At Ana Dyla we do it differently. We are currently working together with two stone workshops where a total of 19 employess. From finding to sharpening, these colleagues are invested in, so that we can provide them with work fairly. Read the blog about my search for gems here. Read here more about my personal introduction to precious stones.

Law, mines & ethical conflicts 

I (still) love the rule of law and I am grateful that it exists. I think it is extremely valuable that there is some mining legislation in Europe in the field of sustainability and labor. Countries like Canada, Finland, Argentina, Botswana, and the Philippines have relatively strict legislation when it comes to mines, which is at least better than no legislation. Unfortunately, it is very different in the countries where mining is mainly done. For example in the Congo where children of seven years old work in the mines in the merciful, fearful conditions, says Amnesty. Or Myanmar, where, according to a The New York Times survey, trade in jade has financed the bloody ethnic conflict there and triggered an epidemic of heroin use and HIV infection among the Kachin minorities working in the mines. The Lapis yacht is in the hands of the Taliban, just as painful. These kinds of messages make me sad and conscious, there is a wish to be part of a change.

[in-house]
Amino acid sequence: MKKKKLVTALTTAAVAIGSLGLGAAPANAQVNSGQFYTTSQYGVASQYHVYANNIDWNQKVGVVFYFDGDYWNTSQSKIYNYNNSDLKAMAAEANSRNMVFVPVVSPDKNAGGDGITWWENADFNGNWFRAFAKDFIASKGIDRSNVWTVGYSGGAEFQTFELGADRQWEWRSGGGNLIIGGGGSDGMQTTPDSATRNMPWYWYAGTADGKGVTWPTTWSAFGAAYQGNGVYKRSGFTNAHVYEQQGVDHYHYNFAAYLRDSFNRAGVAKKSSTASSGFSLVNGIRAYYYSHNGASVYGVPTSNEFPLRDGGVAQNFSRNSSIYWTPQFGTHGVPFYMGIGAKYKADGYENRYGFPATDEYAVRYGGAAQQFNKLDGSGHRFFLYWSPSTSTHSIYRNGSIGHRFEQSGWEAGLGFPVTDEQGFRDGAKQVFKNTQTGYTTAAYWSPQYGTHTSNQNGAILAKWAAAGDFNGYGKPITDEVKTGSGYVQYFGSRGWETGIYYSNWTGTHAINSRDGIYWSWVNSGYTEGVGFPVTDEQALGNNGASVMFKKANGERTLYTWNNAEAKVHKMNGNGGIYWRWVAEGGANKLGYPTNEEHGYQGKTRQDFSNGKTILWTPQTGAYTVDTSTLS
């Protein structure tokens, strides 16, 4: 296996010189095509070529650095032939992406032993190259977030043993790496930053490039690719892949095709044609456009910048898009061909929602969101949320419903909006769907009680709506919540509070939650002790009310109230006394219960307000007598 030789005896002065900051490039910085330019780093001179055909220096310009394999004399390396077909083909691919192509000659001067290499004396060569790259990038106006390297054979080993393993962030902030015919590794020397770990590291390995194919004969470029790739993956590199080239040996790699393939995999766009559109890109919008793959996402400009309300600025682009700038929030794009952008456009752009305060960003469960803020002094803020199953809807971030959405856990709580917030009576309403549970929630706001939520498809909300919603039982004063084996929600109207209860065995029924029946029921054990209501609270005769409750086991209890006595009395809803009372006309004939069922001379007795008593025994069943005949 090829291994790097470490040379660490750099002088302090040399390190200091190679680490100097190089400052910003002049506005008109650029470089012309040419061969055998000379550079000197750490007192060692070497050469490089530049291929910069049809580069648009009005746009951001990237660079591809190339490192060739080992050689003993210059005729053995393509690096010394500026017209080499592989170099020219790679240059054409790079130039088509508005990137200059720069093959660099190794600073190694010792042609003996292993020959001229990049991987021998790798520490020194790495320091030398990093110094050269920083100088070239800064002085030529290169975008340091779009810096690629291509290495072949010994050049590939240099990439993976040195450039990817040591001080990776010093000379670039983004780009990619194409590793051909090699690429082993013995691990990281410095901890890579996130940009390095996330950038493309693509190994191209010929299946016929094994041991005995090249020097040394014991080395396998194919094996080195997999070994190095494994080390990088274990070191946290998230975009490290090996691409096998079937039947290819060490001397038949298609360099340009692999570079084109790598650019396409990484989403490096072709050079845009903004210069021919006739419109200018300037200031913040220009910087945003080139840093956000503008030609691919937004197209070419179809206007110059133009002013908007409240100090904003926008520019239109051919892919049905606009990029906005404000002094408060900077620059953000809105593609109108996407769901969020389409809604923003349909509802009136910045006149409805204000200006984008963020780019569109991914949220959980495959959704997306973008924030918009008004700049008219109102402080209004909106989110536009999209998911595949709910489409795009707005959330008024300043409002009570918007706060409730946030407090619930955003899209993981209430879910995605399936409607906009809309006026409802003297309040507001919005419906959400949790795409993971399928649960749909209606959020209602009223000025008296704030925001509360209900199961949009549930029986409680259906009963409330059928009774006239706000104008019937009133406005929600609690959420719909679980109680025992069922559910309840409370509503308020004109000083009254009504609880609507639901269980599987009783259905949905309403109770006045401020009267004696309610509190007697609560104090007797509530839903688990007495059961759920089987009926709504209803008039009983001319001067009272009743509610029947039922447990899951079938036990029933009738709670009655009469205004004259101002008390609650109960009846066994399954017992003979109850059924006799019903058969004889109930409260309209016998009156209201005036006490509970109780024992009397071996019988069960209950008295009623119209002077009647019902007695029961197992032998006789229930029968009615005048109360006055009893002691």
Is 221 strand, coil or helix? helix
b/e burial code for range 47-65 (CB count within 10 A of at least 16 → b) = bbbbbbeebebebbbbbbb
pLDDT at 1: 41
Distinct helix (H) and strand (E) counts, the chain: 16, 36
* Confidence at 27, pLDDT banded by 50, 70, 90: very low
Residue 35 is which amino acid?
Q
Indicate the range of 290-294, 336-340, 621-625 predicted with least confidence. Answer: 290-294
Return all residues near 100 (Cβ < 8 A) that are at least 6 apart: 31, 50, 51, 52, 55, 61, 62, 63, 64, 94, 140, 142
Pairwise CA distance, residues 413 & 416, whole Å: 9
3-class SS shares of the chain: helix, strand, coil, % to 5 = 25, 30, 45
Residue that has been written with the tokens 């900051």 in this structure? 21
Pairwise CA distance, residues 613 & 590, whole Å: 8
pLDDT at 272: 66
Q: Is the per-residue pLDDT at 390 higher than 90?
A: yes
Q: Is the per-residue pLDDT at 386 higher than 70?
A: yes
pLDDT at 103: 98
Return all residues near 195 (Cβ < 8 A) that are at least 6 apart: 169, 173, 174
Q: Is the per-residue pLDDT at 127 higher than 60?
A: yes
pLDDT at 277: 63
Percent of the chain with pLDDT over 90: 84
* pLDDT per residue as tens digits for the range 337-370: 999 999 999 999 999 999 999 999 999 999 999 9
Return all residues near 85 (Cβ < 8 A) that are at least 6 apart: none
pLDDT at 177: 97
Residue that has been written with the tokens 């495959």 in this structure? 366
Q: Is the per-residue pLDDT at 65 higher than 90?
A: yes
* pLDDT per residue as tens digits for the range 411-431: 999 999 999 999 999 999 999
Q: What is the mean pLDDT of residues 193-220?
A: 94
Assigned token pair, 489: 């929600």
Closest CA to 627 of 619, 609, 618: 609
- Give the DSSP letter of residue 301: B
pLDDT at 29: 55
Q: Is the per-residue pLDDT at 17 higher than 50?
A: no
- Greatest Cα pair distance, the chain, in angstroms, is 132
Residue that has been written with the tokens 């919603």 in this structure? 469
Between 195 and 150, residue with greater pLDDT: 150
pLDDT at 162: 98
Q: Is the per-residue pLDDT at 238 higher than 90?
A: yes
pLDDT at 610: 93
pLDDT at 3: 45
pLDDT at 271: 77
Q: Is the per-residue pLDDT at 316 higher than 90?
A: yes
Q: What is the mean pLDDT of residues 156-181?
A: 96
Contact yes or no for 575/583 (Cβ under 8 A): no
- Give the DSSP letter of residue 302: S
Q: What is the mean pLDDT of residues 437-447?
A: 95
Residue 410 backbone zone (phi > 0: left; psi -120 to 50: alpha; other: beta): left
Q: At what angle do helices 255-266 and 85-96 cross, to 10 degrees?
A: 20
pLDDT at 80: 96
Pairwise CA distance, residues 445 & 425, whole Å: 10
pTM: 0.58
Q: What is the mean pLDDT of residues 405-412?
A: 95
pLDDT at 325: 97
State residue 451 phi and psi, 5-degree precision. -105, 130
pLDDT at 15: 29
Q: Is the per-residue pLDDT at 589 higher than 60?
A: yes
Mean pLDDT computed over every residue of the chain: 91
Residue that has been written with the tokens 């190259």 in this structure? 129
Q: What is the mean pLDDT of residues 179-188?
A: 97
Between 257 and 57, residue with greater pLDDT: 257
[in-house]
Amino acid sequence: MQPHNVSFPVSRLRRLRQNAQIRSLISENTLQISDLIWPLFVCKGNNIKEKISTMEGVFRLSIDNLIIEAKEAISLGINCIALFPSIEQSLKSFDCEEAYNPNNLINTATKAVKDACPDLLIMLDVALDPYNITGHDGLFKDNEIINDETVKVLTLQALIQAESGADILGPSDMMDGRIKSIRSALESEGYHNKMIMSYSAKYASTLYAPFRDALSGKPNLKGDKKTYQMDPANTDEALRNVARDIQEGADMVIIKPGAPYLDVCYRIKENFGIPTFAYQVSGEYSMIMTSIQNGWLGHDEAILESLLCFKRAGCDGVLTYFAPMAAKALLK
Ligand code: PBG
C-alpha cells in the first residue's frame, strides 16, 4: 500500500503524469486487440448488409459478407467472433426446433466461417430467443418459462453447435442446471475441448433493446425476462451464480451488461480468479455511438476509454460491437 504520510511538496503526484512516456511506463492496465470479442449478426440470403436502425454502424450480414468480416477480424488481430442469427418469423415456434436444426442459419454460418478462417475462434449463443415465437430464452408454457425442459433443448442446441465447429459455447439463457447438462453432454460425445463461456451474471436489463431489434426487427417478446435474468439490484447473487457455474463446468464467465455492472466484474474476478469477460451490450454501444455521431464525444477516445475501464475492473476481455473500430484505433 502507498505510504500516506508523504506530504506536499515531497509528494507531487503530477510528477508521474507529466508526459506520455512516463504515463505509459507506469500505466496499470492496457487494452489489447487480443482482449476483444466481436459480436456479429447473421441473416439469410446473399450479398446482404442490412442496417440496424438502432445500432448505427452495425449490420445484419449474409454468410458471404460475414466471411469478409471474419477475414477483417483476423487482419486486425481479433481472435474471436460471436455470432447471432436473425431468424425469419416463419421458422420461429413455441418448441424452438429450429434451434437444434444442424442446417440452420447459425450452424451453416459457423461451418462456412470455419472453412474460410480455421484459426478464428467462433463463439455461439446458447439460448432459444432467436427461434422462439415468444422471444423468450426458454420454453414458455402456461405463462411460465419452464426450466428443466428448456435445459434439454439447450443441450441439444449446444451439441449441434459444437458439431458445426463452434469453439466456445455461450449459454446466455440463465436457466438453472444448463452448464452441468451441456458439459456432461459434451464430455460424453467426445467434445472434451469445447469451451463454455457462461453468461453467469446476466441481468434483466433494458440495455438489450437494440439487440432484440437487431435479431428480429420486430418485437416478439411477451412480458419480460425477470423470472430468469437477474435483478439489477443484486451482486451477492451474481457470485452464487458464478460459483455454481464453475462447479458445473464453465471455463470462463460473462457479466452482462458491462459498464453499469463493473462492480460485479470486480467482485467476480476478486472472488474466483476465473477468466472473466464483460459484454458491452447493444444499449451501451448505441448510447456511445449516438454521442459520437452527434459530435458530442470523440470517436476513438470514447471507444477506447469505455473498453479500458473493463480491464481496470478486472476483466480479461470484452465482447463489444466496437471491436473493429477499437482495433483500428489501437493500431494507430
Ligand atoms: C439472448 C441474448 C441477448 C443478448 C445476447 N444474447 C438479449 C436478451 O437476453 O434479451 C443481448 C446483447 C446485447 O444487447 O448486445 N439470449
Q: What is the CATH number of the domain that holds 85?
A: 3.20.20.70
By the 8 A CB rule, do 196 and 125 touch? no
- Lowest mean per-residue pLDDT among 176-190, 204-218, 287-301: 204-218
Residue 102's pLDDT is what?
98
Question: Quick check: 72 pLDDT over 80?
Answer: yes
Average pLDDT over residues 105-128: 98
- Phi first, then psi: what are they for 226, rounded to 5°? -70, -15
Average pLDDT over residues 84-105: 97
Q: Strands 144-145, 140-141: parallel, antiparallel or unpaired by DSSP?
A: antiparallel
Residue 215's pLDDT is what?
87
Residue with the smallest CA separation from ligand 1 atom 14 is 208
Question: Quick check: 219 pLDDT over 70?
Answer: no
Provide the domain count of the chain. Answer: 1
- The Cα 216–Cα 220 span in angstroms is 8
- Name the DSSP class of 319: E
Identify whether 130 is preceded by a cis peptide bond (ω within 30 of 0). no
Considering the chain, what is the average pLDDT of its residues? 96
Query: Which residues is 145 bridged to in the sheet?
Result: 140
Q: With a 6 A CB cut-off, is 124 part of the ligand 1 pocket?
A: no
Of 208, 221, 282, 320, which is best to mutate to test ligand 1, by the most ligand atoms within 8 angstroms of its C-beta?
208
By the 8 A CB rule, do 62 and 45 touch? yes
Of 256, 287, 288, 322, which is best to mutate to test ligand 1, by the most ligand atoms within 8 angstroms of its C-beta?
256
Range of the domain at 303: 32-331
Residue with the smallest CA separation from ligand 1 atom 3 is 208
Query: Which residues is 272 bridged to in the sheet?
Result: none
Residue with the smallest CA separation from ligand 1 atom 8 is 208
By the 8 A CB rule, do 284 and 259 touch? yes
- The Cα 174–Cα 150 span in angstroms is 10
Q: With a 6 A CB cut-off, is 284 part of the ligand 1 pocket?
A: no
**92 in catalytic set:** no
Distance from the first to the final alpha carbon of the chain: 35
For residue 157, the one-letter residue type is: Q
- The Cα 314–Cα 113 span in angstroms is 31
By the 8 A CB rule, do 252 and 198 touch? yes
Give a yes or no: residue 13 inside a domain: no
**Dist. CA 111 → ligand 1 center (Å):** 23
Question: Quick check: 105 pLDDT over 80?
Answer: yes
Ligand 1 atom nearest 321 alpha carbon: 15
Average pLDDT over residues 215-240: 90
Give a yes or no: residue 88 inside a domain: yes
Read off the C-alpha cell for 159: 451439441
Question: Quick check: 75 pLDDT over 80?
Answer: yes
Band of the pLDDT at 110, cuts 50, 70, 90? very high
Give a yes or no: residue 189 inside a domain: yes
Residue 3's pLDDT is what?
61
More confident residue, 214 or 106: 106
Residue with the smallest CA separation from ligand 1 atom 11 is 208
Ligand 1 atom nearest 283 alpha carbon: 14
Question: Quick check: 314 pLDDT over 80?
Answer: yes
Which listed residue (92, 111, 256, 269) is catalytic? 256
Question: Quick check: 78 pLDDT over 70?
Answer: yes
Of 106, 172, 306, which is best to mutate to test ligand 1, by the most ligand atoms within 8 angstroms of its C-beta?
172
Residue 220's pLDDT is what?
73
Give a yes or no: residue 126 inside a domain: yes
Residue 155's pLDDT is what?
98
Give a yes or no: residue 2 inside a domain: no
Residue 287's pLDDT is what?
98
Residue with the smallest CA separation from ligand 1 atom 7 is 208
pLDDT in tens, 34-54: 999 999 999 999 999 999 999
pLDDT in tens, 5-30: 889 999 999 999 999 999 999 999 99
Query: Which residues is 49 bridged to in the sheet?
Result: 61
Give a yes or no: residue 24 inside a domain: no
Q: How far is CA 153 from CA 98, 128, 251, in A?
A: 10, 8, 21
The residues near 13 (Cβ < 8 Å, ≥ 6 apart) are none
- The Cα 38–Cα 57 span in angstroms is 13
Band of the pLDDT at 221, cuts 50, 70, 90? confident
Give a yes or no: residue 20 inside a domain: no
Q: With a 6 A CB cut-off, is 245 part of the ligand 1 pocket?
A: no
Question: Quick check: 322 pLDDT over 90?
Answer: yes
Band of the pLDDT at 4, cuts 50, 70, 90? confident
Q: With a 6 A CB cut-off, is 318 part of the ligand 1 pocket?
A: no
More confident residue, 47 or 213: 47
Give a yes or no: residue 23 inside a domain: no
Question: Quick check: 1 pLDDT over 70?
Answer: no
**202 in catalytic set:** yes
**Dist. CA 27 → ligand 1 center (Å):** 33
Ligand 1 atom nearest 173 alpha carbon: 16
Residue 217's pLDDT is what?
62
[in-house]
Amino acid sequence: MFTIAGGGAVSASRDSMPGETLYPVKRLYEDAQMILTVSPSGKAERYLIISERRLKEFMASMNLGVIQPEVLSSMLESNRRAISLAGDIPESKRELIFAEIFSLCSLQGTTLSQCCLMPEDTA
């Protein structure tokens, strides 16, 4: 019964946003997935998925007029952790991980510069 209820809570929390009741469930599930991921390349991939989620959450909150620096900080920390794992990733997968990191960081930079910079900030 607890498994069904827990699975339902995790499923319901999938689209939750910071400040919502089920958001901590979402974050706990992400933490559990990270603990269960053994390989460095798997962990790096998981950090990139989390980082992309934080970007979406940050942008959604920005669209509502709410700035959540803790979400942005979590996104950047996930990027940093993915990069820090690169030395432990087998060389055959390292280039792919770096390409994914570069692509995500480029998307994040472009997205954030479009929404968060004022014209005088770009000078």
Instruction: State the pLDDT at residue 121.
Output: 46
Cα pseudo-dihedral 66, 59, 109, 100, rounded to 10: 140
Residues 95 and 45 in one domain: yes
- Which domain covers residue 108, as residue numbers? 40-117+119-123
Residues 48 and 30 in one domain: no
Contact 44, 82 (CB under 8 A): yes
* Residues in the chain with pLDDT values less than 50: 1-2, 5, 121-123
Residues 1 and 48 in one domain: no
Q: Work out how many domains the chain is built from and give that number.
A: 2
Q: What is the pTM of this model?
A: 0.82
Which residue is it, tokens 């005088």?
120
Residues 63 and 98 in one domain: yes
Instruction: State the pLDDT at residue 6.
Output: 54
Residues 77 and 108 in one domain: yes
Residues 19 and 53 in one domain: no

We, Ana Dyla, sell less or no ruby, diamond and sapphire because these stones are at the top of the list of most corrupt stones. Occasionally we do process it in jewellery and then it is a unique piece with a stone from an earlier piece of jewellery that has been melted down.

Other side of the story

Of course there is another side to this story. No matter from which point you  look at this story, the gem trade does create jobs created by the growing demand. At the same time consumers want improvement, more and more so the governments are taking action to improve the well-being in the mines. Unfortunately this is not as fast as we would like to see. The reason for this is that people are used to the ‘cheap’ price of gemstones but do not realize that it is becoming increasingly difficult to find these stones. We want more rocks than the earth can spew, which slows down the process and creates scarcity. So in this case supply demand certainly plays a significant role.